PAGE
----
Sunday, September 2, 2007
TOD BROWNING'S ASSAULT ON GLAMOUR
BY GARY MORRIS
It’s hard to believe that Freaks was actually produced at MGM, using the studio’s facilities and craftspeople. This is not only because we associate director Tod Browning as much with Universal, especially after the spectacular success of Dracula (1931), as with MGM, but also because in many ways Freaks seems out of place in MGM’s glamour factory, where even the least expensive movie bore the stamp of the studio’s plush style.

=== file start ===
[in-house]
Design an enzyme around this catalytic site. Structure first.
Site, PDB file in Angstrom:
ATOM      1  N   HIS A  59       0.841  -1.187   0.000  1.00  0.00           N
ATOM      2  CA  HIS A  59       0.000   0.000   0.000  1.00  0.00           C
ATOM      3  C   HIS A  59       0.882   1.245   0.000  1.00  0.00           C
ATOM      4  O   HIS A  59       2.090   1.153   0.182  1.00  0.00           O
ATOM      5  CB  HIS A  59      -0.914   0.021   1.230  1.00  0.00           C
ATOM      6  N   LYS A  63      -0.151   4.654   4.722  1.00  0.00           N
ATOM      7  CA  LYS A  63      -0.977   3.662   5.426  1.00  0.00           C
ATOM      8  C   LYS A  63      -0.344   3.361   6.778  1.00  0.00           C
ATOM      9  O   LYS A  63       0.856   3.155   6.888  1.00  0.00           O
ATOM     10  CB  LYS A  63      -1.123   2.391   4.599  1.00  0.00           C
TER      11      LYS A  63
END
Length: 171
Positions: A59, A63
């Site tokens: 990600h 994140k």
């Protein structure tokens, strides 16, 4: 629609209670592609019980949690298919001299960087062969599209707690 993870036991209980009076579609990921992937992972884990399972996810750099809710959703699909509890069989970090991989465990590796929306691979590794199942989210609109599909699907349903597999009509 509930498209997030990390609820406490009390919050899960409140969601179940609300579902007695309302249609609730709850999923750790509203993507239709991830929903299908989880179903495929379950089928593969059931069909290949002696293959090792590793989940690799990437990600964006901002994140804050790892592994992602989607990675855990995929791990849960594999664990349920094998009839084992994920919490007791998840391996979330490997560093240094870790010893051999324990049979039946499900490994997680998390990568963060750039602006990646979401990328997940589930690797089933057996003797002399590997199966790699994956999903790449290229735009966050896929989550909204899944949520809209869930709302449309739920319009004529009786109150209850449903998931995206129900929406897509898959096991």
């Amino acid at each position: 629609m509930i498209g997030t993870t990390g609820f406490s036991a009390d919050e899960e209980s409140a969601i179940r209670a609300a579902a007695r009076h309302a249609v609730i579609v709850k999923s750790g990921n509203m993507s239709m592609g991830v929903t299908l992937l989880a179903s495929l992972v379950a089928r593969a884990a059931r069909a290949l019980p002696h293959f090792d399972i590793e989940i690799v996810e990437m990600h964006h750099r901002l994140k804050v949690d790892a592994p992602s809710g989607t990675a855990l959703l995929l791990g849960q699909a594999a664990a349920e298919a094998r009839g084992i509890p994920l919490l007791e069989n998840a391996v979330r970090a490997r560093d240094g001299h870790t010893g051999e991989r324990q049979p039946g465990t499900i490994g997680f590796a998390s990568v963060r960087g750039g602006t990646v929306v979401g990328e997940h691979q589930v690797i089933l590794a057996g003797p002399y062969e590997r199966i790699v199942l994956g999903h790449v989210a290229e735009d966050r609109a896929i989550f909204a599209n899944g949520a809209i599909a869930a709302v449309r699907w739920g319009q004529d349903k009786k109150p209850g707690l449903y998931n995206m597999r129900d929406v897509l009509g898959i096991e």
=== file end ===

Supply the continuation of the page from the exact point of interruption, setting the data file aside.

Freaks’ opening disclaimer — "For the love of beauty is a deep-seated urge which dates back to the beginning of civilization" — is clearly ironic in light of what follows. Browning, a circus habitué himself, friendly with "fringe" people from hoboes to sideshow tramps, finds beauty not in the physically whole, powerful, conventionally attractive characters (Olga Baclanova’s Cleopatra, Henry Victor’s Hercules), but in the authentic pinheads, armless women, legless men, Siamese twins, and the others who give the film its title. These physically compromised but spirited characters are the true stars.